Published in 60th Southeastern Regional Meeting Of The American Chemical Society Proceedings: Nashville, Tennessee., November 15, 2008.
Copyright © 2008 American Chemical Society .
NOTE: At the time of publication, the author Hasan Palandoken was not yet affiliated with Cal Poly.
Immobilization of biomolecules (i.e., proteins, carbohydrates), on polymeric surfaces has been an area of intense research. The resultant bioconjugates often display increased stability, bioavailability and activity. Our research program seeks to explore the utility of the alkoxyamine (RONH2) functional group in new materials as versatile ligating sites for the immobilization of various compounds.
The ease with which alkoxyamines (RONH2) condense with aldehydes or ketones has prompted their widespread use in labelling liposome, bacterial and mammalian cell surfaces as well as chemoselectively ligating small molecule ‘recognition elements' onto polyfunctional substrates. These condensation reactions proceed in aqueous media to afford the robust oxime ethers in near quantitative yields, making these conjugations ideal for a variety of applications. Thus, alkoxyamines are excellent ‘molecular anchors' to immobilize aldehyde/ketone compounds on a surface.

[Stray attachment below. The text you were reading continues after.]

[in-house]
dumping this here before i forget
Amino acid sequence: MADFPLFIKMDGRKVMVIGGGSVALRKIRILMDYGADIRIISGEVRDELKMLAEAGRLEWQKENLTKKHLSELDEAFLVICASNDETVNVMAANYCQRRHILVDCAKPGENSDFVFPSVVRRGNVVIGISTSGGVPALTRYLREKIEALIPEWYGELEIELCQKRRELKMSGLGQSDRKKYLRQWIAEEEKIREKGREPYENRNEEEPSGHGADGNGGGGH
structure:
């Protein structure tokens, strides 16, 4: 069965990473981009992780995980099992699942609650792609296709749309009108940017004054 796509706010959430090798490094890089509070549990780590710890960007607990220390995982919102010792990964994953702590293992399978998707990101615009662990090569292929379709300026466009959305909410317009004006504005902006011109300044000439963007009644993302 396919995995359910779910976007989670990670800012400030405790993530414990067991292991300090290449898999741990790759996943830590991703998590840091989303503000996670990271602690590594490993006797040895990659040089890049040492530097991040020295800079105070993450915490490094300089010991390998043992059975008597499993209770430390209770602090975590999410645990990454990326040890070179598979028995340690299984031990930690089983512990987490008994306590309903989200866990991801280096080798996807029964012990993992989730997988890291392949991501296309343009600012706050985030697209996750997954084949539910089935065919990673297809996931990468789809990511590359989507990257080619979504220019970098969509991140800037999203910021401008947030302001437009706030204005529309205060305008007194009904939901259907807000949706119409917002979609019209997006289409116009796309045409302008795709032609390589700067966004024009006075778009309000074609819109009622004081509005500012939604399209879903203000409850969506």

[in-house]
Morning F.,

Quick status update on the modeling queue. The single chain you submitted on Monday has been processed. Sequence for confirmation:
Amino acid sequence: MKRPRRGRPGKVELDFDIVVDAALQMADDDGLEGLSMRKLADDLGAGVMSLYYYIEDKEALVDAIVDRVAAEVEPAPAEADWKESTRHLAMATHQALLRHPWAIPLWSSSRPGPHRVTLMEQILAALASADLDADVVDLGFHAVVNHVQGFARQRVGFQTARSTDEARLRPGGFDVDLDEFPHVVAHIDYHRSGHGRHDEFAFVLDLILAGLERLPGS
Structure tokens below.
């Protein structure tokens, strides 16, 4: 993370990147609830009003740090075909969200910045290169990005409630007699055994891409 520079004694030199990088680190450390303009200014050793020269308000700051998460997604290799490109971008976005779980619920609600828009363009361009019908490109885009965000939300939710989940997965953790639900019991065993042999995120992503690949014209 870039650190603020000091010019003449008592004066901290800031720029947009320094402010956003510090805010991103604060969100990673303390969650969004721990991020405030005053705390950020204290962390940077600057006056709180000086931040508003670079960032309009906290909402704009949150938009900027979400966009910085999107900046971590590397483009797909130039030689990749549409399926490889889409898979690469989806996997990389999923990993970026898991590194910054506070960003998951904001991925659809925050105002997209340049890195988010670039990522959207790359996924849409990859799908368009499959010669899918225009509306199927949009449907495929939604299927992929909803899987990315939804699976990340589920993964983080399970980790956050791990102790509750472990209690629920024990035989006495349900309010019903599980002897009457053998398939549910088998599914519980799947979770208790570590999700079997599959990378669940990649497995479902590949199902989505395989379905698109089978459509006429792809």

We have installed alkoxyamines on polymer surfaces to tether a variety of compounds through the covalent oxime ether bond to the polymer backbone. Our synthetic efforts towards these novel alkoxyamine polymers as well as initial aldehyde/ketone immobilization studies will be discussed.
Biochemistry | Chemistry